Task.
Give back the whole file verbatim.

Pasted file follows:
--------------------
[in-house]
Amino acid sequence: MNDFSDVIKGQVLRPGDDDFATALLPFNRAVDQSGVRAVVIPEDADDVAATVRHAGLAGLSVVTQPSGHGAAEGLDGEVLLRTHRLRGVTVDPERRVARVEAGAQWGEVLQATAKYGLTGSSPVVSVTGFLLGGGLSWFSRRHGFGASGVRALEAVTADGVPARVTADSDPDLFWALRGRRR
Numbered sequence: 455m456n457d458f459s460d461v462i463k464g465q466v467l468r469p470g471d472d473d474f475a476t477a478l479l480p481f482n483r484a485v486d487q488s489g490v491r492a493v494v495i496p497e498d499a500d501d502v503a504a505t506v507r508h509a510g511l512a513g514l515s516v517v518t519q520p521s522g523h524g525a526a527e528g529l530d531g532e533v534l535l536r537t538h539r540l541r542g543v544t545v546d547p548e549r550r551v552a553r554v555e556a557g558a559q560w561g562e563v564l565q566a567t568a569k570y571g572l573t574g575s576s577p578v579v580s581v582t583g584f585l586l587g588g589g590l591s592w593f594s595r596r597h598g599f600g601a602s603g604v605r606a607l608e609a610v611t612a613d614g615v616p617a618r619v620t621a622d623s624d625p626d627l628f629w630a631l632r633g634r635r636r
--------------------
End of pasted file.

[in-house]
Amino acid sequence: MNDFSDVIKGQVLRPGDDDFATALLPFNRAVDQSGVRAVVIPEDADDVAATVRHAGLAGLSVVTQPSGHGAAEGLDGEVLLRTHRLRGVTVDPERRVARVEAGAQWGEVLQATAKYGLTGSSPVVSVTGFLLGGGLSWFSRRHGFGASGVRALEAVTADGVPARVTADSDPDLFWALRGRRR
Numbered sequence: 455m456n457d458f459s460d461v462i463k464g465q466v467l468r469p470g471d472d473d474f475a476t477a478l479l480p481f482n483r484a485v486d487q488s489g490v491r492a493v494v495i496p497e498d499a500d501d502v503a504a505t506v507r508h509a510g511l512a513g514l515s516v517v518t519q520p521s522g523h524g525a526a527e528g529l530d531g532e533v534l535l536r537t538h539r540l541r542g543v544t545v546d547p548e549r550r551v552a553r554v555e556a557g558a559q560w561g562e563v564l565q566a567t568a569k570y571g572l573t574g575s576s577p578v579v580s581v582t583g584f585l586l587g588g589g590l591s592w593f594s595r596r597h598g599f600g601a602s603g604v605r606a607l608e609a610v611t612a613d614g615v616p617a618r619v620t621a622d623s624d625p626d627l628f629w630a631l632r633g634r635r636r